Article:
Nick Diaz Wants UFC Fight vs. Kamaru Usman, Has 'a Lot' of Resentment Toward MMA

Tim Daniels@@TimDanielsBRFeatured Columnist IVSeptember 23, 2021

JACKSONVILLE, FLORIDA - APRIL 23:  Nick Diaz arrives to the UFC 261 Weigh-In at at VyStar Veterans Memorial Arena on April 23, 2021 in Jacksonville, Florida. (Photo by Chris Unger/Zuffa LLC)
Chris Unger/Zuffa LLC

Nick Diaz said he's not sure why he's fighting a rematch against Robbie Lawler, who he beat back in 2004, at UFC 266 on Saturday night rather than challenging Kamaru Usman for the UFC welterweight championship.

Diaz told ESPN's Brett Okamoto he still believes he's the best fighter in the world despite his general resentment toward MMA:

"I think I'll beat the s--t out of Usman. I'll have a better shot against Usman than I do Lawler, just because I already beat Lawler. This doesn't make sense for me to go in and fight Robbie Lawler again. I don't know why I'm doing this. ... This should not happen. Whoever set this up is an idiot. I don't know why I'm doing this. I don't know why this happened. I should be fighting Kamaru Usman—and that's it."

The 38-year-old California native, who last entered the Octagon in 2015, added he tried other career avenues during his hiatus but couldn't get anything to stick, which led him back to fighting.

"I have a lot of resentment toward the sport for taking so much from me and not giving anything back," Diaz told Okamoto. "This is great. They're promoting this fight. I didn't expect to be the main event or anything like that."

His last title fight came at UFC 158 in March 2013 when he suffered a loss to the legendary Georges St-Pierre by unanimous decision in a bout for the welterweight title.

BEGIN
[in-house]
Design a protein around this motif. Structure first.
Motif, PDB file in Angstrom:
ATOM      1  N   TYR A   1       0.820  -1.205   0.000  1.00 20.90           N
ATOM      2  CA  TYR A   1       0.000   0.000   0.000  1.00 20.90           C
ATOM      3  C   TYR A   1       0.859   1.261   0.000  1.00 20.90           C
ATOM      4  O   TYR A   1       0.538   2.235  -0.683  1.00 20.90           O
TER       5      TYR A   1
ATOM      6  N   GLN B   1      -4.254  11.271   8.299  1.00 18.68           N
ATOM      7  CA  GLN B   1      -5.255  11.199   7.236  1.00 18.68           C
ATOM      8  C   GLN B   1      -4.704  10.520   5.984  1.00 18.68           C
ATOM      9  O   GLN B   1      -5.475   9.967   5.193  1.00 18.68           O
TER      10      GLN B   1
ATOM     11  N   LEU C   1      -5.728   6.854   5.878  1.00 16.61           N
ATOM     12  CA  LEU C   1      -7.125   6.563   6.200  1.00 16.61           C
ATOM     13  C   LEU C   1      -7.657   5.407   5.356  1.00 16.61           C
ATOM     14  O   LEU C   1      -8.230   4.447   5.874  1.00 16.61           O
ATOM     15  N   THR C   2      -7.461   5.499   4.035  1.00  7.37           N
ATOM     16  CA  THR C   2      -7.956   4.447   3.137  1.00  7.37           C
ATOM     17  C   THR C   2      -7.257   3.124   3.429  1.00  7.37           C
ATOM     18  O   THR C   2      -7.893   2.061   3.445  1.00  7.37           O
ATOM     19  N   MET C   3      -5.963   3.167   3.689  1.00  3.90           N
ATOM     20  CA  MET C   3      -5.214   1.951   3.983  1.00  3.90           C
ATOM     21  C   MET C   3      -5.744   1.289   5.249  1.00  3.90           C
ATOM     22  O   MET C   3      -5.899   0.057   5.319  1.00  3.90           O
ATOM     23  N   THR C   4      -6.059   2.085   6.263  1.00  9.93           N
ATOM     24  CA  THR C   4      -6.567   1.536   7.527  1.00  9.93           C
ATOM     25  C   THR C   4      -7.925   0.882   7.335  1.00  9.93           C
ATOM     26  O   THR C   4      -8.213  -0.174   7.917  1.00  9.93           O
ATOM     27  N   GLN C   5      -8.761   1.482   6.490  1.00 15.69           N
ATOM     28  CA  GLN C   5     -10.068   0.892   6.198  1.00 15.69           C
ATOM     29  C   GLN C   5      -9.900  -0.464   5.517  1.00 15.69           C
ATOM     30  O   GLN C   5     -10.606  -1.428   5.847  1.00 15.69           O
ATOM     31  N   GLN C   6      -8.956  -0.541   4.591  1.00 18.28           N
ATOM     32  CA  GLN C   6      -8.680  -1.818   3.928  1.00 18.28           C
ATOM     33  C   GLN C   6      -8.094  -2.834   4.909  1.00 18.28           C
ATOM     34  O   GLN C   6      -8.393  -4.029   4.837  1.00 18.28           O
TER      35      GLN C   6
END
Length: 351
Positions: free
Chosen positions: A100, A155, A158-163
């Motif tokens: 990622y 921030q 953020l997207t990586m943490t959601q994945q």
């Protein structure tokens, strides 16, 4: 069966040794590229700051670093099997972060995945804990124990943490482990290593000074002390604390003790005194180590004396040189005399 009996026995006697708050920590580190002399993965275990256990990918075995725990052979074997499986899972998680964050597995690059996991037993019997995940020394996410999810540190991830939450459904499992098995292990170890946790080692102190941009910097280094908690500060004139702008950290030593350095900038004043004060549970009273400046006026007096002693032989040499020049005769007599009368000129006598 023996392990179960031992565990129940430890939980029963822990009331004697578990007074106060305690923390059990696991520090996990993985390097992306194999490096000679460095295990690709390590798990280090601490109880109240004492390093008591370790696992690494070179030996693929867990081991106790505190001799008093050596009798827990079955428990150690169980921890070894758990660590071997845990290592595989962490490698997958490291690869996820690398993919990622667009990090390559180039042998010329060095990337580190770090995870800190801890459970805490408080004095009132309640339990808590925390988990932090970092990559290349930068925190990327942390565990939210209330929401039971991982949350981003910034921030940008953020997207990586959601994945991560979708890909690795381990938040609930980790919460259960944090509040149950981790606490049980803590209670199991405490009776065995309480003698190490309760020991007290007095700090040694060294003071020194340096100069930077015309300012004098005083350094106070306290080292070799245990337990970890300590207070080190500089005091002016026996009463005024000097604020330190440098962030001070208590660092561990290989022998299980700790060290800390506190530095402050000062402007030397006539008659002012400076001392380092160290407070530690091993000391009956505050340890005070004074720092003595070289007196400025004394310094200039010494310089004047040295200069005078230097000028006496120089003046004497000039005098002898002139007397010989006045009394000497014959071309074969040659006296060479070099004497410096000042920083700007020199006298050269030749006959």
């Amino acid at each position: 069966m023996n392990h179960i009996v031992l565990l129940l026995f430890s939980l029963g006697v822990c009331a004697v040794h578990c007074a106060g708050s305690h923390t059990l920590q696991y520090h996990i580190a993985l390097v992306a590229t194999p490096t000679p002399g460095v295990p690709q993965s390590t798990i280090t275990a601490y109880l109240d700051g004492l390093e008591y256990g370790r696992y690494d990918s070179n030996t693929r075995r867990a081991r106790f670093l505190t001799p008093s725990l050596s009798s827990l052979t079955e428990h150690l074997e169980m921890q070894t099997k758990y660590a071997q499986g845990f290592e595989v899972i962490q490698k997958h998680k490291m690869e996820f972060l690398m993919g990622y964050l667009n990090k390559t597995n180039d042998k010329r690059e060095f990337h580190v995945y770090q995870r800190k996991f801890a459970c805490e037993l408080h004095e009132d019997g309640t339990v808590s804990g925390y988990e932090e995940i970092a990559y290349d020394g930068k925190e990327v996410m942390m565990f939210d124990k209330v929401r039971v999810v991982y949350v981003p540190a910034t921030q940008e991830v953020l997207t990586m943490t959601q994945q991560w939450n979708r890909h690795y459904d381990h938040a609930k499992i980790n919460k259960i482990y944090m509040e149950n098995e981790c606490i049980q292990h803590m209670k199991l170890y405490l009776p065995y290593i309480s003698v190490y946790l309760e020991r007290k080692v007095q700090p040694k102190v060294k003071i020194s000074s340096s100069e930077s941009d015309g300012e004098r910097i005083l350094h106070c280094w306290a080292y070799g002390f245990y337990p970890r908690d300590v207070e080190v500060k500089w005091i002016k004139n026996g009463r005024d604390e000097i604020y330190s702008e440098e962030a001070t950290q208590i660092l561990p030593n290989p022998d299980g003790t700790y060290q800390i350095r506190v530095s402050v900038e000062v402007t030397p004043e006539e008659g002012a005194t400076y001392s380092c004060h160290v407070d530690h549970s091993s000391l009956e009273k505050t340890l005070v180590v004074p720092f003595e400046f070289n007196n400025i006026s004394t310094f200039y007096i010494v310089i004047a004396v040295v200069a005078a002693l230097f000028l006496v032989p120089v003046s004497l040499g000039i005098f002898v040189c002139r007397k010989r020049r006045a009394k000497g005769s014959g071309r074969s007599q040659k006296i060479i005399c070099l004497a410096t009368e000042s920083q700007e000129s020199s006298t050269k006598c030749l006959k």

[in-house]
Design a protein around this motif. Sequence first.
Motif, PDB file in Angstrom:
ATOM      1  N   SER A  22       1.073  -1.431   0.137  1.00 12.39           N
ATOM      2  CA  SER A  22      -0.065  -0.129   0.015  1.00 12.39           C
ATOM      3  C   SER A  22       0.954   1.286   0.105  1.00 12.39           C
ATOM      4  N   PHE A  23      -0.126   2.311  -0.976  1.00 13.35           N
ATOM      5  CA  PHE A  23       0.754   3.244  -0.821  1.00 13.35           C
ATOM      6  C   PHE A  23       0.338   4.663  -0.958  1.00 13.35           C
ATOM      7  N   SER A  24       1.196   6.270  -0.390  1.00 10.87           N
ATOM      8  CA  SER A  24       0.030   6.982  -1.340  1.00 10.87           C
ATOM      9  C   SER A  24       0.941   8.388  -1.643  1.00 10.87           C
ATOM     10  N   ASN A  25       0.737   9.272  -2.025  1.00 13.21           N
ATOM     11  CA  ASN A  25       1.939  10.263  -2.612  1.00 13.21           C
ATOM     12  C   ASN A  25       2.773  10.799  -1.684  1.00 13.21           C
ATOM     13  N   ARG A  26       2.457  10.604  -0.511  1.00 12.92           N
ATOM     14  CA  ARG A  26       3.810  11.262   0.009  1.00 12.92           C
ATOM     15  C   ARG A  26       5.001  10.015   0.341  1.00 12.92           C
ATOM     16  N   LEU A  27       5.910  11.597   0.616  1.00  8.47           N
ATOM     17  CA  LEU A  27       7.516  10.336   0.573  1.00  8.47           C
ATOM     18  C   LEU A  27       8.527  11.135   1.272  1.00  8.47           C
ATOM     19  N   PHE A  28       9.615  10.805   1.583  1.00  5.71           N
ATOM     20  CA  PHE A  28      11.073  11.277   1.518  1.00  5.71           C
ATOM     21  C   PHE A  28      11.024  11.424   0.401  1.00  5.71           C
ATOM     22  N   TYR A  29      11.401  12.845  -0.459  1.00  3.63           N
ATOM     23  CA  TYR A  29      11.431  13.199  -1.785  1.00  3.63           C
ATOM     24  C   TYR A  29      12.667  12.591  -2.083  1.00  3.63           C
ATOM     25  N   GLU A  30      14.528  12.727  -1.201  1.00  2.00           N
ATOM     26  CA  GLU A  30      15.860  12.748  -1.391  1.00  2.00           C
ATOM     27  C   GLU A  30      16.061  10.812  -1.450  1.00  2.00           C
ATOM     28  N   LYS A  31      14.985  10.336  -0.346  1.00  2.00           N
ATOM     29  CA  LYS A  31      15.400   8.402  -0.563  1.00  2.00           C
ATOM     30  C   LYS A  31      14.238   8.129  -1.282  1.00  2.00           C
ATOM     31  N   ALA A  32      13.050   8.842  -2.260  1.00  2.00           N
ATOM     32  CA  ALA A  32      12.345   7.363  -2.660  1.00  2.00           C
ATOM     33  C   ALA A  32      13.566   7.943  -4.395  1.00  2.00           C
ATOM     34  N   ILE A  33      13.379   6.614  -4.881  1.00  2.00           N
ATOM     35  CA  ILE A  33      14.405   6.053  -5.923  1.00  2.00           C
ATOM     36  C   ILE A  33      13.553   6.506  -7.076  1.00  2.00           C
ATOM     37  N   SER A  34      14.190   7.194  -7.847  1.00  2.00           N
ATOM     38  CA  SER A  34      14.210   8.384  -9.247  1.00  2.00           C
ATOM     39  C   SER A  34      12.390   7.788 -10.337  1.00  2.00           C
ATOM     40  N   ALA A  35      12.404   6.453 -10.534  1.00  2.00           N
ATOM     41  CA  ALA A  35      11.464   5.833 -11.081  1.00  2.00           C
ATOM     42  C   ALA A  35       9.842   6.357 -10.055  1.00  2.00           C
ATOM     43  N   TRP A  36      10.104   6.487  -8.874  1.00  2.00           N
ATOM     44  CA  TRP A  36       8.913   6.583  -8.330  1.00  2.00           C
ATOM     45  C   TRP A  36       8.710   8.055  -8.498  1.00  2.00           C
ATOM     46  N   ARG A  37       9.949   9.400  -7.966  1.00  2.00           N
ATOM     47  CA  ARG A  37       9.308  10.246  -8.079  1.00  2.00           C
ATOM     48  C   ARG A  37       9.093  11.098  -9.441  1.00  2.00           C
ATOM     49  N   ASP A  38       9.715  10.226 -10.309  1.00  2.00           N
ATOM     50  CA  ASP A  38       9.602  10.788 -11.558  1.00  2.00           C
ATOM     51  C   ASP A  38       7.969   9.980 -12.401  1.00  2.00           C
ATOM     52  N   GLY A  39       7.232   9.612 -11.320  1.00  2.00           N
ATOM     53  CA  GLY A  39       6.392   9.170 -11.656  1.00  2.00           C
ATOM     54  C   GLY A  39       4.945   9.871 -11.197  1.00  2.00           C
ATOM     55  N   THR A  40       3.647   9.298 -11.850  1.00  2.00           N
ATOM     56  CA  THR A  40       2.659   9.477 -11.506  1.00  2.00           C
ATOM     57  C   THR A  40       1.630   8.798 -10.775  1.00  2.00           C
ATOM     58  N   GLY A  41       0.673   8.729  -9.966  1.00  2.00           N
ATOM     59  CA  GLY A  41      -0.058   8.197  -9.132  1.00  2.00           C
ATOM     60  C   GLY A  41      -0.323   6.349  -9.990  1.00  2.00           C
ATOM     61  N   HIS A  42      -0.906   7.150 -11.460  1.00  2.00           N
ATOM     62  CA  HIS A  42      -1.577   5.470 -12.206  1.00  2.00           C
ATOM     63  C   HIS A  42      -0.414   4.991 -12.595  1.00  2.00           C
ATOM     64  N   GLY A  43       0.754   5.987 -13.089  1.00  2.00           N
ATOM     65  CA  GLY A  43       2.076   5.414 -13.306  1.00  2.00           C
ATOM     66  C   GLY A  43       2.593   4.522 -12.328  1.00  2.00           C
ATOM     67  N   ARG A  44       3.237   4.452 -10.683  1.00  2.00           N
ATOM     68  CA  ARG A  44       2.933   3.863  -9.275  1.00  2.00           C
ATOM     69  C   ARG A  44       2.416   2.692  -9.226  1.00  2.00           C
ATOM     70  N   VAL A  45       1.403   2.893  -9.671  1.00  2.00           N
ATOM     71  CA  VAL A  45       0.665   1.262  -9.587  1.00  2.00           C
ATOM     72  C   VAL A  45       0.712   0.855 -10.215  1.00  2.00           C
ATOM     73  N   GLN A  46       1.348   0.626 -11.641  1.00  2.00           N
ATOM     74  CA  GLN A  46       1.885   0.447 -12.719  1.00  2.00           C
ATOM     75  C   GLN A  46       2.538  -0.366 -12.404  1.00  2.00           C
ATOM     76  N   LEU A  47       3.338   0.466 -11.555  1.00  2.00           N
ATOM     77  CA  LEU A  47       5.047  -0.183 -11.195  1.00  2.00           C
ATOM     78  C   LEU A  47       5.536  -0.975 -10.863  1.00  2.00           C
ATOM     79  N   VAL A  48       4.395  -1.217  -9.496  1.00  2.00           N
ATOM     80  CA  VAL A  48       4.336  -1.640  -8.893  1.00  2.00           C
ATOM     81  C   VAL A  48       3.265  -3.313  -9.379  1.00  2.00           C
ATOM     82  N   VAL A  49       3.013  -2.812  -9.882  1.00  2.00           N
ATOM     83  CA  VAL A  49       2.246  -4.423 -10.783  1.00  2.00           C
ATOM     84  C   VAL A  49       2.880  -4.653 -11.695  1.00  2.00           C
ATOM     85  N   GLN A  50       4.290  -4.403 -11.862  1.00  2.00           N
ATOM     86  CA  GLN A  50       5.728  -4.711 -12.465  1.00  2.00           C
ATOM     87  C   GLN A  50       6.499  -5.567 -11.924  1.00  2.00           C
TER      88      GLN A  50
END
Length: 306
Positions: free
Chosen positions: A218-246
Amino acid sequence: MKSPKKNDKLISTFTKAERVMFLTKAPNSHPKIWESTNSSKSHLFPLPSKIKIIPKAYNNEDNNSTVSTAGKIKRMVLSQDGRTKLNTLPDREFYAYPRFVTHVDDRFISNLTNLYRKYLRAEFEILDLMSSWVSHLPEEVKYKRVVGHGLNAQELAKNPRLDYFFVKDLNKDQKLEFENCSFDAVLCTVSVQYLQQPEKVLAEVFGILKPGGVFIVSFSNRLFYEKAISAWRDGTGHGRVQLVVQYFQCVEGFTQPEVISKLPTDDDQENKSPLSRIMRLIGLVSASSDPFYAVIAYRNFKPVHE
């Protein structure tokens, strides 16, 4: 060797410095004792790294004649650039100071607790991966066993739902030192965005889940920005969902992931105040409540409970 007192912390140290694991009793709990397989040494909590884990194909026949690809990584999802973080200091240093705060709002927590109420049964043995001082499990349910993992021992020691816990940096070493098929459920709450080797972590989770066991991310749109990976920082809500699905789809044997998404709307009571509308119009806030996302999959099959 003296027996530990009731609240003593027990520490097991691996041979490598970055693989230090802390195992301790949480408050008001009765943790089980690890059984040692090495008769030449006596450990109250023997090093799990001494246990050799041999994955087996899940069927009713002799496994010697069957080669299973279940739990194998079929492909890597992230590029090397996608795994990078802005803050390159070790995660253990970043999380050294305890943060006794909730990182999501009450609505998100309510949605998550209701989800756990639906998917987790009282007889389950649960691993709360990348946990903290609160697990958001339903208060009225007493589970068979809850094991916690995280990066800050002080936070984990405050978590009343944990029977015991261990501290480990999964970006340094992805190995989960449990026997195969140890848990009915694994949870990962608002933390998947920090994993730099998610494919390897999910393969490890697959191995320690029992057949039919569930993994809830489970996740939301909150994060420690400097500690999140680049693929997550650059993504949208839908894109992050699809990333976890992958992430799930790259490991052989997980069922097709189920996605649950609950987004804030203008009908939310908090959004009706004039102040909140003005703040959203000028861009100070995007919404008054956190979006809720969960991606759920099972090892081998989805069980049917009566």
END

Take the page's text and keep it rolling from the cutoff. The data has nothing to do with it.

Asking for a shot at a championship right out of the gate is a bit of a stretch, but Diaz was brutally honest with Okamoto throughout the interview, saying his return against Lawler comes after he exhausted his other options without success:

"All the people around me and all the money and the sponsors, they won't let me get away from fighting. There's things I could do, but that's not gonna work out. I might as well just go and take my punches. ... I don't want to look back and say, 'Why did I not just do it?' I don't feel great. I feel great to fight. I don't feel great about everything [else]. If I don't do this, I don't know how I'm going to feel about myself."

So he accepted a spot on the UFC 266 card, which will be headlined by two championship fights: Alexander Volkanovski vs. Brian Ortega for the featherweight belt and Valentina Shevchenko vs. Lauren Murphy for the women's flyweight title.

"It's just what I do," Diaz said. "I tried to get away from it, but really it's just kind of inevitable."

Diaz beat Lawler by knockout all the way back at UFC 47 in 2004, but he told Okamoto that doesn't give him any added confidence heading into Saturday:

"I'm going in there to win. Do I feel confident? I never do. I never have. I always feel like I'm going to get trashed out there. Every fight I've ever done. 'How do you feel against Robbie Lawler?' I feel like I'm going to get the s--t beat out of me. And even when I win, I get beat up worse."

He added many other fighters feel the same way but are "full of s--t" during fight week.

It's rare for a competitor to provide such an unfiltered view of their mindset, but it's clear Diaz would rather be doing something else at this stage of his life, so he's not concerned with any potential backlash from within the sport.

Diaz didn't shed any light on his plans beyond the clash with Lawler.